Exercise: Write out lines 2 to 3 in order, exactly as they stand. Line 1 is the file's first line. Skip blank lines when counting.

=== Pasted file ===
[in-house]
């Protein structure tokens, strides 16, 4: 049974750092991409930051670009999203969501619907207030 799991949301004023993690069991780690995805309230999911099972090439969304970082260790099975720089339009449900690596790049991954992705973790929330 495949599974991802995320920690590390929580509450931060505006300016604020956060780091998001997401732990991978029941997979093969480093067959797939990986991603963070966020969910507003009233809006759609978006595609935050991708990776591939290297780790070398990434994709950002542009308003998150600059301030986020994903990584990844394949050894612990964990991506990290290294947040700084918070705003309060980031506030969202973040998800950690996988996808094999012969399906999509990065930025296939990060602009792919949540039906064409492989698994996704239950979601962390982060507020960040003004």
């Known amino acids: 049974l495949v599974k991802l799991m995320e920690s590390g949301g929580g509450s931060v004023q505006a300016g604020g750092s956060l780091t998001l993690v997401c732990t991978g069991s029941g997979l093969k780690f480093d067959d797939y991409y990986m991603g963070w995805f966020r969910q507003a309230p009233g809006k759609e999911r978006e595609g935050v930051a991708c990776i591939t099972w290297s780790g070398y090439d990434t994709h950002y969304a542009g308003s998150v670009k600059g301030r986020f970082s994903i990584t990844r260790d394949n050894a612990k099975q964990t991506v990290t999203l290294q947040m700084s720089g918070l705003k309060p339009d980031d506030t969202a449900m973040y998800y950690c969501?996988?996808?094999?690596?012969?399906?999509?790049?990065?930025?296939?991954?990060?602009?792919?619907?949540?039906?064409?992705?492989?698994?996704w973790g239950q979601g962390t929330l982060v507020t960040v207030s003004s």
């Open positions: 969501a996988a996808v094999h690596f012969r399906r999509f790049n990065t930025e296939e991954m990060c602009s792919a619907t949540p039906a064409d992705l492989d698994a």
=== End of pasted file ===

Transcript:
């Protein structure tokens, strides 16, 4: 049974750092991409930051670009999203969501619907207030 799991949301004023993690069991780690995805309230999911099972090439969304970082260790099975720089339009449900690596790049991954992705973790929330 495949599974991802995320920690590390929580509450931060505006300016604020956060780091998001997401732990991978029941997979093969480093067959797939990986991603963070966020969910507003009233809006759609978006595609935050991708990776591939290297780790070398990434994709950002542009308003998150600059301030986020994903990584990844394949050894612990964990991506990290290294947040700084918070705003309060980031506030969202973040998800950690996988996808094999012969399906999509990065930025296939990060602009792919949540039906064409492989698994996704239950979601962390982060507020960040003004």
């Known amino acids: 049974l495949v599974k991802l799991m995320e920690s590390g949301g929580g509450s931060v004023q505006a300016g604020g750092s956060l780091t998001l993690v997401c732990t991978g069991s029941g997979l093969k780690f480093d067959d797939y991409y990986m991603g963070w995805f966020r969910q507003a309230p009233g809006k759609e999911r978006e595609g935050v930051a991708c990776i591939t099972w290297s780790g070398y090439d990434t994709h950002y969304a542009g308003s998150v670009k600059g301030r986020f970082s994903i990584t990844r260790d394949n050894a612990k099975q964990t991506v990290t999203l290294q947040m700084s720089g918070l705003k309060p339009d980031d506030t969202a449900m973040y998800y950690c969501?996988?996808?094999?690596?012969?399906?999509?790049?990065?930025?296939?991954?990060?602009?792919?619907?949540?039906?064409?992705?492989?698994?996704w973790g239950q979601g962390t929330l982060v507020t960040v207030s003004s």